By Keith Gushard
VERNON TOWNSHIP —
“If it hadn’t been for the fire alarm system and the sprinklers, we’d have been in deep trouble,” said Tom Benak, a trustee and an assistant chief with Vernon Central Hose Co.
Late Tuesday night, the lead engine of volunteer fire department was damaged heavily while it was parked inside the department’s station, but firemen were able to get other vehicles out of the building. Fire damage was confined to the 2001 engine/pumper, but there was smoke damage to the other parts of the crew areas of the one-story building.
On Wednesday morning, Kenneth Hamilton, a Pennsylvania State Police fire marshal, ruled the truck blaze accidental due to an electrical wiring malfunction in the crew compartment area behind the driver’s seat.
When in the garage, each of the volunteer department’s fire engines are plugged into electrical chargers to make sure portable radios and other electrical equipment onboard are fully charged when needed, officials said.
Crawford County 911 Center was alerted to the fire call at 11:45 p.m. by an automatically dialed alarm from within the department’s station on McMath Avenue.
Firefighters who arrived on the scene just minutes later were able to get other vehicles out of the truck bays, but the fire engine that was damaged — a 2001 engine pumper — was the department’s lead truck on fire calls, Chief Donnie Grinnell of Vernon Central said.
“It’s a hardship, but it won’t affect our capabilities,” Grinnell said Wednesday morning, noting that the department has another engine pumper truck, plus a tanker, a heavy rescue truck, a utility truck and an emergency squad truck. The secondary engine pumper did have some minor paint damage on one side since it was parked next to the truck that burned.
Each time there is a fire alarm within Vernon Township, both of the township’s volunteer fire departments — Vernon Central and Vernon Township — are dispatched by the county’s 911 center.
“We’ve had overwhelming offers of help already,” Grinnell said, noting some area departments have offered Vernon Central the loan of a truck if needed.
Whether none, some or all of the damaged fire engine may be salvaged wasn’t known Wednesday, Chief Donnie Grinnell said.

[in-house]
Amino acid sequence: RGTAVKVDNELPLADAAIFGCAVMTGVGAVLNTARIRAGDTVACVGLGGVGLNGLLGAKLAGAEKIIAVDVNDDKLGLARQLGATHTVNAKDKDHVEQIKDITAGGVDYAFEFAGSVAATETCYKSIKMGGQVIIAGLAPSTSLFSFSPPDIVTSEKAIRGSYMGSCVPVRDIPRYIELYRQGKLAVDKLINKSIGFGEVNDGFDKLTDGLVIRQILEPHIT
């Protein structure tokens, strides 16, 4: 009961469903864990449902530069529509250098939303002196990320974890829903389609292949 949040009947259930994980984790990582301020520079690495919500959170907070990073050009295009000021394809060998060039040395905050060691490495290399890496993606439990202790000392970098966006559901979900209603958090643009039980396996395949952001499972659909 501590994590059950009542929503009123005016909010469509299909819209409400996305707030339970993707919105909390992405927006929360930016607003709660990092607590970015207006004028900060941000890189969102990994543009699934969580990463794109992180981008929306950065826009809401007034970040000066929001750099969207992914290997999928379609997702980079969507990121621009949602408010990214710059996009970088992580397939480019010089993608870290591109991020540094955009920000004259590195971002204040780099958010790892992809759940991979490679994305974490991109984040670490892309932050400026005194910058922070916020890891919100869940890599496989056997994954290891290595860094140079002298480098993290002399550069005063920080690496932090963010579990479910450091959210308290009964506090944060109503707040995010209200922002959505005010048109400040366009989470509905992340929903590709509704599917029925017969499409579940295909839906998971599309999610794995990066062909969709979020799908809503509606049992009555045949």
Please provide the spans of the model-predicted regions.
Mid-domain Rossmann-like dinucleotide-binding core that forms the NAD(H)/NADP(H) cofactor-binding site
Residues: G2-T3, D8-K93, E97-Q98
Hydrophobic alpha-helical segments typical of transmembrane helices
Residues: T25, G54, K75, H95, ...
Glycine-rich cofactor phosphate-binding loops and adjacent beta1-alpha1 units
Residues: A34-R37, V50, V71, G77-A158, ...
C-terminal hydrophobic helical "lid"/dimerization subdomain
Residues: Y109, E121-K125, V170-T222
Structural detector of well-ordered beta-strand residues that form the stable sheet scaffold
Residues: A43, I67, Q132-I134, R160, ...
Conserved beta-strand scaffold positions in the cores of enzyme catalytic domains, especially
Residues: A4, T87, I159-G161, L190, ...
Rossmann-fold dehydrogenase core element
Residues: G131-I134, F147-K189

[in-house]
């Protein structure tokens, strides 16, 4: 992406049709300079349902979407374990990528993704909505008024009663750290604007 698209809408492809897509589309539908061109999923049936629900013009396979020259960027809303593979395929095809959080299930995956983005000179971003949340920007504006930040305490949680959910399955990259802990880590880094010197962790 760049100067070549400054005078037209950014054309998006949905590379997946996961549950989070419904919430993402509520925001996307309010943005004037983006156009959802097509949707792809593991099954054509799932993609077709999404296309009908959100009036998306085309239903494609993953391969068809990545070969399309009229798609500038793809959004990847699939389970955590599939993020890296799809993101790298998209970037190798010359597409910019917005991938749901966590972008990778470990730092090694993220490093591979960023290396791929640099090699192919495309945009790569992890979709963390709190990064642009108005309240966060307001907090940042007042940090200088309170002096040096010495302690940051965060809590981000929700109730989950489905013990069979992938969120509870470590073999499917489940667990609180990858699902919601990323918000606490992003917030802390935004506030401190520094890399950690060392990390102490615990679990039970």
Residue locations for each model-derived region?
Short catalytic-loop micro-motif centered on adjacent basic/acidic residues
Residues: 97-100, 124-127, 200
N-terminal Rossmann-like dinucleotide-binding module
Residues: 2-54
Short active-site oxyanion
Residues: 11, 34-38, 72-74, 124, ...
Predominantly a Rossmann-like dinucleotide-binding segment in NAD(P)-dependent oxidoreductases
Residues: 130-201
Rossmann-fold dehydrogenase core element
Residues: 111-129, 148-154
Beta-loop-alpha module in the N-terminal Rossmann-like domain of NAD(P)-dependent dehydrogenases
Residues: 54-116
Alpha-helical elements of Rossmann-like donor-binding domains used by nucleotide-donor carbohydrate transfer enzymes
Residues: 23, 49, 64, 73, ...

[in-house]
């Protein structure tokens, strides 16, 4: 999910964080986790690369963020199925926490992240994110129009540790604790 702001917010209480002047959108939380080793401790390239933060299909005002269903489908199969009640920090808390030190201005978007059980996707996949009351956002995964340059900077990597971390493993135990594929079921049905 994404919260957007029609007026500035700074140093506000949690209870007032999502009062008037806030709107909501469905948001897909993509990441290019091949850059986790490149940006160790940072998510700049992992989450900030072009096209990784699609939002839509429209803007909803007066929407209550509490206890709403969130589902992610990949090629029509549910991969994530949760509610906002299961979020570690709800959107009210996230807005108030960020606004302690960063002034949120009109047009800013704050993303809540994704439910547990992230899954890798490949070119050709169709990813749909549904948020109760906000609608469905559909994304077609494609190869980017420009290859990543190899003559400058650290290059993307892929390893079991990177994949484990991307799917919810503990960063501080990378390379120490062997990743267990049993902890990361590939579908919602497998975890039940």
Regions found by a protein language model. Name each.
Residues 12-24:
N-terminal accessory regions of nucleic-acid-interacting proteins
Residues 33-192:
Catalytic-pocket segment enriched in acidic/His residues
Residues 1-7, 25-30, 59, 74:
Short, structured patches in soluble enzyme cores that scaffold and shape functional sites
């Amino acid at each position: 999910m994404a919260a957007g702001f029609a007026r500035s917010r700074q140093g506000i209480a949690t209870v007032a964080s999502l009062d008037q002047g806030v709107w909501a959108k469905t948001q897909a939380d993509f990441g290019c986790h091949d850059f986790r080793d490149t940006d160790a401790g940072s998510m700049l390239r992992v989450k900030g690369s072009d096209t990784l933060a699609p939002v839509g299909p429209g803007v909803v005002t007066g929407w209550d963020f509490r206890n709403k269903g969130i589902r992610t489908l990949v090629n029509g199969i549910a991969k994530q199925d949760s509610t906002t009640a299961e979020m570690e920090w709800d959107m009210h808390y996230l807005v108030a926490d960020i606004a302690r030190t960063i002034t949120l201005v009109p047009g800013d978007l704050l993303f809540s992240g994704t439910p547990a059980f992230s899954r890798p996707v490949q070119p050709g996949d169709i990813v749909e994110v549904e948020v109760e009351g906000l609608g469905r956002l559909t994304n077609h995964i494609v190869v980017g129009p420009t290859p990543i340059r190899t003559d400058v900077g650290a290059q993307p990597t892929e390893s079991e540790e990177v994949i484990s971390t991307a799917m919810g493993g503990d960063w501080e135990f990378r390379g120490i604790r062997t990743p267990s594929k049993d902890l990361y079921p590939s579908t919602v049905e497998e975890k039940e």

“It’s too early to tell,” Grinnell said. “They may be able to save the back (where the water pump is located) and replace the chassis and cab, but we won’t know until it gets looked at.”
The department is fully insured on both its trucks and equipment, Benak said. “The trucks and equipment are worth millions of dollars,” he said.
To replace the engine pumper truck would cost an estimated $600,000 plus about another $100,000 to outfit it fully in equipment, according to Benak.
Vernon Central officials estimate they lost at least $35,000 in equipment on the truck in Tuesday’s fire. Lost were about a half-dozen air masks and tanks, plus a thermal imaging camera, several portable radios and lights and assorted hand tools, Grinnell said.
Both Benak and Craig Gordon, another assistant chief, said there was thick smoke inside the building when they got there.
“I opened the (exterior) man door (on the west side of the building) and the smoke was down to about a foot above the floor,” said Gordon, who was the first to arrive. “I could see the fire, but I wasn’t sure which truck at first. I held my breath and ran over to open one of the (garage) bay doors.”
Other firefighters arrived and were able to drive the other trucks out, which then were deployed to fight the blaze.
“The sprinklers came on and that helped, too,” Benak said. “Once we were able to get water on it, it was out within minutes.”
Vernon Township, Hayfield Township, Greenwood Township, West Mead 1 and West Mead 2 volunteer fire departments all came to assist Vernon Central.
There were no injuries in the fire, Grinnell said.
Keith Gushard can be reached at 724-6370 or by email at firstname.lastname@example.org.